One crucial detail everyone should pay attention to before starting any project in Houdini is the unit scale. While Maya works in centimeters, Houdini works in meters, which means an object can end up being 100 times smaller. With that in mind, what I usually do is import my object and scale it down to match the size of the head template provided by Houdini.

Another great aspect of Houdini is that it pushes you to be more organized.

Here you can have a look at the scale comparison in Houdini:

The LookDev Pipeline And Grooming

In all my projects, I prefer to keep things as simple as possible, and it was no different this time in Houdini.

When I did modeling in ZBrush, I sent everything to Substance 3D Designer.

I also work with Mari, but in this particular case, I utilized Substance 3D Designer as my primary tool because I wanted to incorporate an eye shader I had created within that software.

When it comes to color, I always utilize Aces 1.2. As for other tasks like modeling or grooming, I'm not particularly inclined towards plugins in general. Therefore, I strive to achieve everything using native tools.

Setting up the shaders wasn't very difficult. The only annoying aspect was the process of going back and forth between different contexts and nodes.

The grooming was achieved using Houdini's native tools, and this was the most challenging thing of the project. As you can see, the hair is quite intricate with various shapes. Houdini has, let's say, a not-so-artist-friendly group system for guides. However, once you understand it, working with the guides themselves becomes much easier.


Creating textures turned out to be surprisingly straightforward, largely due to the incredible textures I obtained from the 3D Scan Store. You can find them here.

Most of the work involved painting the desired changes and blending the provided Displacement Map with my own sculpted details. Additionally, I incorporated multiple layers for makeup and color adjustments.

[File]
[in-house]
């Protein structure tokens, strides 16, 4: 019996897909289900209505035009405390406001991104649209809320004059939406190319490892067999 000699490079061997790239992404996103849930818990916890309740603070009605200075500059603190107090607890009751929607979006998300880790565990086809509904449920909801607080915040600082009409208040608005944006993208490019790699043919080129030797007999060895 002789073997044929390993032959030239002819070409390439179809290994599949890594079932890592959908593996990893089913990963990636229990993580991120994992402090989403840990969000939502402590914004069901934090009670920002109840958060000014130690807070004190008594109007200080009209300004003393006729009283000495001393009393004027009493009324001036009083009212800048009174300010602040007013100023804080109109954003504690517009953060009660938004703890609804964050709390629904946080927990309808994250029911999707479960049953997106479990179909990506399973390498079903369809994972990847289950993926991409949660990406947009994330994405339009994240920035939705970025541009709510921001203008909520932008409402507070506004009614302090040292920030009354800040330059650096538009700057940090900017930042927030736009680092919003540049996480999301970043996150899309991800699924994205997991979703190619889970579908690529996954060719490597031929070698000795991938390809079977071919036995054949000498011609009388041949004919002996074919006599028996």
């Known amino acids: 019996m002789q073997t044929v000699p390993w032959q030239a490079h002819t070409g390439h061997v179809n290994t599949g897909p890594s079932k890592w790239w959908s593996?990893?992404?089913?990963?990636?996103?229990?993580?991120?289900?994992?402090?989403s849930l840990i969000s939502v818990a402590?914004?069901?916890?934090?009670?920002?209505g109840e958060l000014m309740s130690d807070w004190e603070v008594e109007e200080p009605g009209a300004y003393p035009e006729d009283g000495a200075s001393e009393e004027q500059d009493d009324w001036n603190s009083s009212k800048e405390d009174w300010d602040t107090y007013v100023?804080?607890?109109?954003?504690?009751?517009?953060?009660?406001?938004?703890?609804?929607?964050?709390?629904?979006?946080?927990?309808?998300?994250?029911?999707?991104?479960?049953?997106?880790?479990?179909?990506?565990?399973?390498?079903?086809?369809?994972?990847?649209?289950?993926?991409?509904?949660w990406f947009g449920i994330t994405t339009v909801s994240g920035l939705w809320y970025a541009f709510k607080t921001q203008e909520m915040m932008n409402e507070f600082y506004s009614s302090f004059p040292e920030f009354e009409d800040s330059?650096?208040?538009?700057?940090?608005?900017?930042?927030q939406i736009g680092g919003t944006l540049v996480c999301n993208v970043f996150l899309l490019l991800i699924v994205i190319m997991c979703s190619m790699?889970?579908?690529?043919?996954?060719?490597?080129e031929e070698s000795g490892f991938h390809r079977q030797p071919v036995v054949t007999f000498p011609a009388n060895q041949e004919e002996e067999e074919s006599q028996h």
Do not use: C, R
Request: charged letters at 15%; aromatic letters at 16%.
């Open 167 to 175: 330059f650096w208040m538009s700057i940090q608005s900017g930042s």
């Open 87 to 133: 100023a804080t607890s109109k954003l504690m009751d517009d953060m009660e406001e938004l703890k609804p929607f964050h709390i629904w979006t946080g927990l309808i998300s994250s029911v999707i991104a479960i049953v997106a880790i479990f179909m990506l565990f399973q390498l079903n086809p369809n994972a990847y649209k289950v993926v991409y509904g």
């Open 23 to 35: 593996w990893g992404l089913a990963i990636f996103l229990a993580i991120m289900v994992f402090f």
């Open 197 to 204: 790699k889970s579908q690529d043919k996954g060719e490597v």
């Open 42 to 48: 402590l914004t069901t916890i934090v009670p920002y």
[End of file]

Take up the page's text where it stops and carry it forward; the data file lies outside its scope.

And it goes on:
The flowers were a completely hands-on process. I sculpted and painted each flower individually to make them look just right.

Substance 3D Designer is one of my all-time favorite tools. I had so much fun working on a procedural eye shader there. It's still a work in progress but I've decided to share the Substance 3D Designer shader and files for free on my Google Drive. You're welcome to use and modify them as you please. If you have any questions or need help, don't hesitate to reach out. My goal is to provide a solid base for the iris and sclera that all artists can benefit from.

Rendering And Lighting

When it comes to rendering, my go-to choice is Arnold because it's really easy to work with. I find it very user-friendly and efficient.

Speaking of lighting, I keep things simple yet effective. In this project, I used HDRI (High Dynamic Range Image) and a few area lights to make things look great.

The main trick is that I like to apply Houdini’s Classic Shader to the hair. It helps me see the hair better in the viewport. Once I'm happy with how it looks, I switch to Arnold's Shader. This way, I can catch any hair issues or overlaps.

The Post-Production Work

I tend to keep my post-production work minimal. In this project, the only post-production I did was adding the background in After Effects. It was quicker to do it this way instead of rendering it directly in Houdini.

The Final Words And Pieces Of Advice

It's a bit tough to give an exact time frame because I was working on this during my free time, but I can give you a rough idea. Learning while I was working with the grooming in Houdini took me around 3 weeks. Modeling took maybe 1 or 2 weeks, and the lookdev 3 to 4 days.

As advice, the main focus of personal projects should be the learning process. Take your time, enjoy the process, and strive to keep everything as simple as possible, otherwise, frustration can easily set in. 

Houdini isn't as intimidating as it may seem. If you're genuinely keen on learning it, start by searching for the basics across all areas. Begin with simple shapes like spheres, and then gradually raise the level of complexity.

Camilo Franco, Senior Surfacing Artist at Animal Logic

Interview conducted by Theodore McKenzie